Topos Theory (Part 7)

18 February, 2020

I’m almost done explaining why any presheaf category is an elementary topos, meaning that

• it has finite colimits;
• it has finite limits;
• it’s cartesian closed.
• it has a subboject classifier.

Last time I explained why such categories are cartesian closed; now let’s talk about the subobject classifier!

Subobject classifiers

In the category of sets, 0-element and 1-element sets play special roles. The 0-element set is the initial object, and any 1-element set is a terminal object. But 2-element sets are also special! They let us talk about ‘truth values’.

We can take any such set, call it 2, and call its elements ‘true’ and ‘false’. Then subsets of any set X correspond in a one-to-one way with functions

\chi \colon X \to 2

by associating to any subset S \subseteq X the function taking the value ‘true’ on S and ‘false’ elsewhere: its characteristic function.

The idea of a subobject classifier is simply to copy this idea in other categories. A subobject classifier, which we’ll call \Omega, will serve as an ‘object of truth values’ in the category at hand. To make this precise, we’ll demand that subobjects of any object X correspond bijectively to morphisms \chi \colon X \to \Omega.

That’s the idea. But to make the idea useful we need to say how subobjects of X correspond to morphisms \chi \colon X \to \Omega. And of course before that we’ll need to say exactly what a subobject is!

In \mathsf{Set} we can pick out a subset of X using a monomorphism i \colon S \rightarrowtail X, where I use the funny arrow to denote a monomorphism (affectionately known as a ‘mono’). The idea is that the image of i is the subset of X we care about. But two different monos can have the same image, so we have to be careful!

Suppose we have two different monos

i \colon S \rightarrowtail X


i' \colon S' \rightarrowtail X

in \mathsf{Set}. When do they have the same image? The answer is: precisely when there’s an isomorphism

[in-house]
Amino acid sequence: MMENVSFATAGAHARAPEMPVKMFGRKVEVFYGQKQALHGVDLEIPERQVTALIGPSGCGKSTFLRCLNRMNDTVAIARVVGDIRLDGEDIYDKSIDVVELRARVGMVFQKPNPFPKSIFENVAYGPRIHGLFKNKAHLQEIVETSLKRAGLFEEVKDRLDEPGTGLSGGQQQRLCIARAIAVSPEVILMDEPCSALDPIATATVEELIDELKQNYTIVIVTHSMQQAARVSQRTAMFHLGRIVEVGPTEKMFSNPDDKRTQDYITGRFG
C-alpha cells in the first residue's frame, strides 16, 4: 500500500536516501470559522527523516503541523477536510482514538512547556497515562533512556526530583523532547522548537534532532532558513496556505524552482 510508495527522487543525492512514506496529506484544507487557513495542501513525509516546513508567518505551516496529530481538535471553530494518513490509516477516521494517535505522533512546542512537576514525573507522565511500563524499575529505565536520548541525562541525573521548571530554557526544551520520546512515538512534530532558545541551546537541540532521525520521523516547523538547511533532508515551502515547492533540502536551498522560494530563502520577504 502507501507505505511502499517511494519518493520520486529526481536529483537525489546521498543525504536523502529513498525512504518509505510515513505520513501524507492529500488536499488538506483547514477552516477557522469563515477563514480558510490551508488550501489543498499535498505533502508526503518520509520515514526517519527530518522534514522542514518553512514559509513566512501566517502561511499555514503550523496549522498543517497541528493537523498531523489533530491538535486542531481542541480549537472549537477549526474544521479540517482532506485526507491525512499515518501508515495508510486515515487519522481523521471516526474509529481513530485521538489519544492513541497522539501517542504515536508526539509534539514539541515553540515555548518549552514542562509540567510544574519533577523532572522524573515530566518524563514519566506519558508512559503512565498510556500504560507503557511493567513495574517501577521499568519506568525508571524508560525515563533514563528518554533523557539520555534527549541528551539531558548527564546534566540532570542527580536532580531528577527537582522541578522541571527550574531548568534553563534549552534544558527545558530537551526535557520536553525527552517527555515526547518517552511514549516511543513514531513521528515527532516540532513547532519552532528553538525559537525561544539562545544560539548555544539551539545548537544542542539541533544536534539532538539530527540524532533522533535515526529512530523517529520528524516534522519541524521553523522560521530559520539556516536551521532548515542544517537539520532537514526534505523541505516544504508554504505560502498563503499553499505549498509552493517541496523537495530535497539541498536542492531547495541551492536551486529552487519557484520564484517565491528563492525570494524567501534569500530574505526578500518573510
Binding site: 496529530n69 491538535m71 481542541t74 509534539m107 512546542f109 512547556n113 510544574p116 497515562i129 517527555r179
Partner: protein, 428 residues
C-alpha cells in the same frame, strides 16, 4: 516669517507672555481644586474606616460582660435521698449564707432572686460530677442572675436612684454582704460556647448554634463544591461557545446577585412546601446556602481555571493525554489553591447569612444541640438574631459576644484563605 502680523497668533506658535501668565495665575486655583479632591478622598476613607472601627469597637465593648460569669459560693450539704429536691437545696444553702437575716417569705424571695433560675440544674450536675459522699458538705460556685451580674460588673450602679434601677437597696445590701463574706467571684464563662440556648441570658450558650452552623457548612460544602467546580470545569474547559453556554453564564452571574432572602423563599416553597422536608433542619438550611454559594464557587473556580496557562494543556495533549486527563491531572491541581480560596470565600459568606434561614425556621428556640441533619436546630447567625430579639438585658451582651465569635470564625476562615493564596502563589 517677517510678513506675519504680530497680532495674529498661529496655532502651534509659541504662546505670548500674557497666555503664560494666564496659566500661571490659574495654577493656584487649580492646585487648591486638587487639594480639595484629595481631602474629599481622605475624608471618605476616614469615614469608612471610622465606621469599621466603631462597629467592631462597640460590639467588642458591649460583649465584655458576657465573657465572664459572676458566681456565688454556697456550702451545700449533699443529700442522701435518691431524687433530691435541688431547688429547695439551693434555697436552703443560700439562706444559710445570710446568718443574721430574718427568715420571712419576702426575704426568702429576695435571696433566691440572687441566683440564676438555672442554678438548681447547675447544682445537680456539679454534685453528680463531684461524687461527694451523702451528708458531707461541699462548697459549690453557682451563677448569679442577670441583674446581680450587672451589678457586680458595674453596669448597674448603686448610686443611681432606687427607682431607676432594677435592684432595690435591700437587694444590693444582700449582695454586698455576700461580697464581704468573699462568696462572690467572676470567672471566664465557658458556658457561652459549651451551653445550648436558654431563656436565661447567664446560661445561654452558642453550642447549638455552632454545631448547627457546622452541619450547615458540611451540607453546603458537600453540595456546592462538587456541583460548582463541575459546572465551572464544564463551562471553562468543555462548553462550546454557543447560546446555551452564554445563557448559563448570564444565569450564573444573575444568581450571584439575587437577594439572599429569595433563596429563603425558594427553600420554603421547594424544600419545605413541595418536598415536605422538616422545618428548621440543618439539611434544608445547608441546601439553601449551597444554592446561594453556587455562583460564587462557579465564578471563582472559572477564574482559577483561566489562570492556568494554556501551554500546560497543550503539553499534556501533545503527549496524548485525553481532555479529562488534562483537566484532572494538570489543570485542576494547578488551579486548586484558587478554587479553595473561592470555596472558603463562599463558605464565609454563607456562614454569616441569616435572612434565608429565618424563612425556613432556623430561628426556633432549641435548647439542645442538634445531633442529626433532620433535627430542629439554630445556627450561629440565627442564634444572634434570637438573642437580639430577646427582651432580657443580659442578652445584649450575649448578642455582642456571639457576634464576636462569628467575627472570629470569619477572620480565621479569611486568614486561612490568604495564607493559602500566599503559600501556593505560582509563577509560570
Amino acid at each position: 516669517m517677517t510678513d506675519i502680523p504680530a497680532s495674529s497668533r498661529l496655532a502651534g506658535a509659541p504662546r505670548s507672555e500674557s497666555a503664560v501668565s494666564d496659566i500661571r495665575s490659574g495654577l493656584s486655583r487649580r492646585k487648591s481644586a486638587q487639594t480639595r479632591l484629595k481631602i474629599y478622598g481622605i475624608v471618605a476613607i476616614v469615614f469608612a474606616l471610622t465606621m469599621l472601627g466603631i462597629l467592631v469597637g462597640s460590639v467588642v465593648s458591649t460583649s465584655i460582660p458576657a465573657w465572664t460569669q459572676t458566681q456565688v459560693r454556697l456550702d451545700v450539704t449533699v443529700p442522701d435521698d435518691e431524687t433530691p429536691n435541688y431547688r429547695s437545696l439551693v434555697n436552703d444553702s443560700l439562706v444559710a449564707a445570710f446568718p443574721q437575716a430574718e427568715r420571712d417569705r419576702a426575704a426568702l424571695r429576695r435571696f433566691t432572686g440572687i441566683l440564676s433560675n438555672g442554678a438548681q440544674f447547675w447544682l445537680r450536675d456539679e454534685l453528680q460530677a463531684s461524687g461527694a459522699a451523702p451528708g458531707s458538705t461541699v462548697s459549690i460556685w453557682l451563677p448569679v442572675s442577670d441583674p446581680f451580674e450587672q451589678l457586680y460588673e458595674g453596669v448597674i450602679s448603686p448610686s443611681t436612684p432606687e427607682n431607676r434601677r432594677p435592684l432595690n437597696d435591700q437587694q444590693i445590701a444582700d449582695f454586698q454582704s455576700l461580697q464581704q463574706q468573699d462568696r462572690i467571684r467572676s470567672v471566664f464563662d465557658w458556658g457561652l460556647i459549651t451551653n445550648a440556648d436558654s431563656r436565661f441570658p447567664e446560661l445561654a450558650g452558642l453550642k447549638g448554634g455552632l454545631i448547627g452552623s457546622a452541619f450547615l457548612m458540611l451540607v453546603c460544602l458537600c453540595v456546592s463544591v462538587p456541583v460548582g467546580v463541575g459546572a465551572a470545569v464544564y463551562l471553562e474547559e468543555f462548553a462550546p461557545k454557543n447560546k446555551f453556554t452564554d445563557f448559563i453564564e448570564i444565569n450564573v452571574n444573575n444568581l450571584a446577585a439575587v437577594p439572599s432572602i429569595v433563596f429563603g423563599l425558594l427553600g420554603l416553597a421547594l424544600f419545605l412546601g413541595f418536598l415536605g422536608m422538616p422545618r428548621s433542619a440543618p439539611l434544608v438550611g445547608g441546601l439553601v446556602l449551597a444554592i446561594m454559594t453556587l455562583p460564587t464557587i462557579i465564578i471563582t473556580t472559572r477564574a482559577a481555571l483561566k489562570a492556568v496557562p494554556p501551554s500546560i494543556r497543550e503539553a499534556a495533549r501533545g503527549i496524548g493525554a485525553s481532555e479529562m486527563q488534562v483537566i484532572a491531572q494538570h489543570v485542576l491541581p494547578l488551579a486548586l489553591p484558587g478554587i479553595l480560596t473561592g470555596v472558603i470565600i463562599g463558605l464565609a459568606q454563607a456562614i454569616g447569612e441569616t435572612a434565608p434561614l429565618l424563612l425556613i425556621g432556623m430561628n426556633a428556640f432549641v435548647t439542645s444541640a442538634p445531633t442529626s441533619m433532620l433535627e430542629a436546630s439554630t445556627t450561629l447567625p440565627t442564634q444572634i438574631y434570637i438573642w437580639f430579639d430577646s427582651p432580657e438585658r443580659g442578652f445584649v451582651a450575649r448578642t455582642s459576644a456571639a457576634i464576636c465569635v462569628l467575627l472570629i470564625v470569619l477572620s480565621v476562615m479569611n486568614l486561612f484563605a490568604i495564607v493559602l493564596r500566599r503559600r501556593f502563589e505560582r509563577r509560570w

f \colon S \to S'

such that

i = i' \circ f.

Puzzle. Prove this.

So, more generally, in any category, we shall say that two monos i \colon S \rightarrowtail X and i' \colon S' \rightarrowtail X are isomorphic iff there’s an isomorphism f \colon S \to S' such that i = i' \circ f.

Definition. A subobject of an object X in a category C is an isomorphism class of monos into X,

We will eventually study subobjects to see how much they behave like subsets—there’s a lot to say about that! But first let’s see what a subobject classifier is.

Again we return to the category \mathsf{Set} to see how this should work. We need to know how subobjects of X \in \mathsf{Set} arise from functions \chi \colon X \to 2. For this we need to know which elements of X get mapped by \chi to ‘true’, so we need to specify which element of the set 2 counts as ‘true’. We do this using a function

\mathrm{true} \colon 1 \rightarrowtail 2

which of course is a mono. Then, given any function

\chi \colon X \to 2

we can take the pullback of f along \mathrm{true} and get a mono

i \colon S \rightarrowtail X

Please see diagram (2) in Section I.3 of Mac Lane and Moerdijk to see this pullback in all its glory.

The usual description of pullbacks in \mathsf{Set} assures us that

S \cong \{x \in X : \; \chi(x) = \mathrm{true} \}

and the map i \colon S \rightarrowtail X is the obvious inclusion.

We can copy this procedure in any category with pullbacks, leading to the definition we seek:

Definition. Let \mathsf{C} be a category with pullbacks. A subobject classifier is an object \Omega \in \mathsf{C} equipped with a mono

\mathrm{true} \colon 1 \rightarrowtail \Omega